Our team of seven students equipped with cameras and recorders landed in the heart of Washington D.C. on Jan. 18 unsure what to expect.
Our first morning was filled with spontaneous interviews with passerbys on the street, including a Republican Texan who traveled to D.C. to support “Gays for Trump,” a black man who has made a living following the Trump campaign selling merchandise and a woman on a self-described pilgrimage to thank Obama. Just hours later, we found ourselves at one of the largest anti-Trump protests the night before the inauguration.
The demonstration consisted of peaceful chants and artistic expressions of anger —including dance circles and light projections of anti-Trump slogans such as “Not my president” and “Impeach the predatory president.”
But there were moments when anger turned physical. A woman, who protesters mistook as a Trump supporter, was spit on. Fights broke out among Trump supporters and protesters. Police wore riot gear and pepper sprayed those who pushed against the barricade. In the frenzy, a member of our team was pepper sprayed.
We reported alongside professional journalists from The New York Times, CNN and Fox News. We were awestruck until we saw them shoving their mics at people who had just been assaulted and flashing their cameras at women on the ground who had just been pepper sprayed. This is the field we have chosen to represent and pursue. As young journalists, we’ve heard about the ugly side of media — yet we hadn’t experienced it first hand.
Nearly a third of the crowd were members of the press, each in competition with each other. Every time a water bottle was thrown or an object was burned, a swarm of video cameras and microphones rushed to the scene to get the scoop. Waves of press brought with them protesters and police and a simple thrown water bottle turned a rally into a riot.
The next morning, all cameras turned from the protests and onto Donald Trump as he was inaugurated as president.
Protesters chained themselves together across the ceremony entrances, while members of our team moved through metal detectors and barricaded walls into the viewing area. Moving to their spots, they were met by a group of older women who called them “liberal scum” upon learning they are members of the media from California.
This was not the first nor last time we faced criticism for being a part of the media — it was only until we told them we were students that their defenses would soften slightly. President Trump’s long wrought campaign against mainstream media was championed by many that we came into contact with. They scoffed at our press passes and rolled their eyes. Even between members of the media — it was a competition, a race for the most shocking footage, the next sensation, regardless of accuracy or fair representation.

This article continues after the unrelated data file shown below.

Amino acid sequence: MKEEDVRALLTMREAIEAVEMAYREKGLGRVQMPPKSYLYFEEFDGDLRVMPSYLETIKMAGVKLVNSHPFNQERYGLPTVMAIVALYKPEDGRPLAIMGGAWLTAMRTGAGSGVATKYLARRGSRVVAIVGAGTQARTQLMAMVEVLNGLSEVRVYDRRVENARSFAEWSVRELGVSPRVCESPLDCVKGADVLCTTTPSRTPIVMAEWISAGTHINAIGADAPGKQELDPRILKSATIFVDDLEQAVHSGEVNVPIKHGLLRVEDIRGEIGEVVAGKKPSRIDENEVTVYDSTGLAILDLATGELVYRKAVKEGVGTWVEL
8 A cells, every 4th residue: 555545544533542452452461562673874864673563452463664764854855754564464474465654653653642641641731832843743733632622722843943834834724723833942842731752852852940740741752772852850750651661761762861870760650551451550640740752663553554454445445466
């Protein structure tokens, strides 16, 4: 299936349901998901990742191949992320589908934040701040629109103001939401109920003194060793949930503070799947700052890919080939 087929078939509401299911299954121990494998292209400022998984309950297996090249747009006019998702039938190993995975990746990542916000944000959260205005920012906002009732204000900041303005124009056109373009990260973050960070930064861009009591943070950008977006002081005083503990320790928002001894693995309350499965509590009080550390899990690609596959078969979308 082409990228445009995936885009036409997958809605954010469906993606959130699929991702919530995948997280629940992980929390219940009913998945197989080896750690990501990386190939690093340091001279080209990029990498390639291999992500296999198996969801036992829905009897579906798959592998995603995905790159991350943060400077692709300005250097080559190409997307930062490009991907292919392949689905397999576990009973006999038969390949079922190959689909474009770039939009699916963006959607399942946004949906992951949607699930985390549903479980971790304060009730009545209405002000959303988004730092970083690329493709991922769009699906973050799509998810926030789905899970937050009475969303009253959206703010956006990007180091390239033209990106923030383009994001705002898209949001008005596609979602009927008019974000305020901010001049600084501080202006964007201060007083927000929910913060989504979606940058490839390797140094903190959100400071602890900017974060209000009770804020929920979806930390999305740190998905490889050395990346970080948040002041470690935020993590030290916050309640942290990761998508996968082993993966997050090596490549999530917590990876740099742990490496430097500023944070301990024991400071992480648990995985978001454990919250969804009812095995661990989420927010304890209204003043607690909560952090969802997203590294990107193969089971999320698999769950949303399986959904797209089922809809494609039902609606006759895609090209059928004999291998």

The hostility hushed as Trump’s looming words echoed through the speakers.
“Today, we are not merely transferring power from one administration to another, or from one party to another, but we are transferring power from Washington, D.C. and giving it back to you, the people,” President Trump said.
Trump supporters in the audience roared, but away from the eyes of the media — outside the fenced off security lines, checkpoints and police blockades — people cried out in protest.
Hundreds gathered in front of a stage on Pennsylvania Avenue during the inauguration where Black Lives Matter New York hosted a demonstration to speak out against police brutality and calling for change under the Trump administration.
“Right now is not a time to mourn. It’s not a time to ask why. It’s a time to rally organize and fight back,” said Black Lives Matter of Greater New York president Walter “Hawk” Newsome Jr. “The help isn’t coming from the government of the White House. We need to understand that.”
Underrepresented communities often know too well the lack of support from both the media and federal government, yet they spoke out loudly only blocks away from the White House, drowning out the sound of the new president of the U.S., still there was little to no media present.
The following day, the sea of red “Make America Great Again” hats were replaced with thousands of “pussy hats” — pink knitted beanies that were iconic symbols of the Women’s March on Washington.
“We represent the powerful forces of change that are determined to prevent the dying cultures of racism, hetero-patriarchy from rising again,” said speaker, social activist and UCSC Professor Emeritus Angela Davis.
The streets of D.C. were packed so tightly with participants that we, like thousands of others, were unable to move more than an inch in any direction for upward of two hours — a hazard most media outlets failed to address.
Marchers were unable to reach restrooms and ambulances couldn’t get through the crowd to reach those in need of medical care — like a teenage girl who fainted next to us, who was supported by a stranger and a friend. The protest itself brought out more than twice as many people as initially anticipated, and the organizers found themselves unprepared and ill-equipped.
Nonetheless, protesters we interviewed held a positive view of the march even after being gridlocked. They made the best out of being stuck together, offering each other food and water while telling tales of what brought them out to the streets that day.
We returned to our hotel with aching feet and sleep deprivation, only to turn on TV news stations and see the many versions of the news — some of them very different from our own coverage. Portrayals of identical events skewed to fit the agendas of each of their audiences.
As members of the Santa Cruz community, we were pulled out of our liberal California bubble into the center of both political extremes. We witnessed as Washington D.C. became the national intersection of multiple truths — from those who cherish Trump’s arrival to those who fought long and hard against it.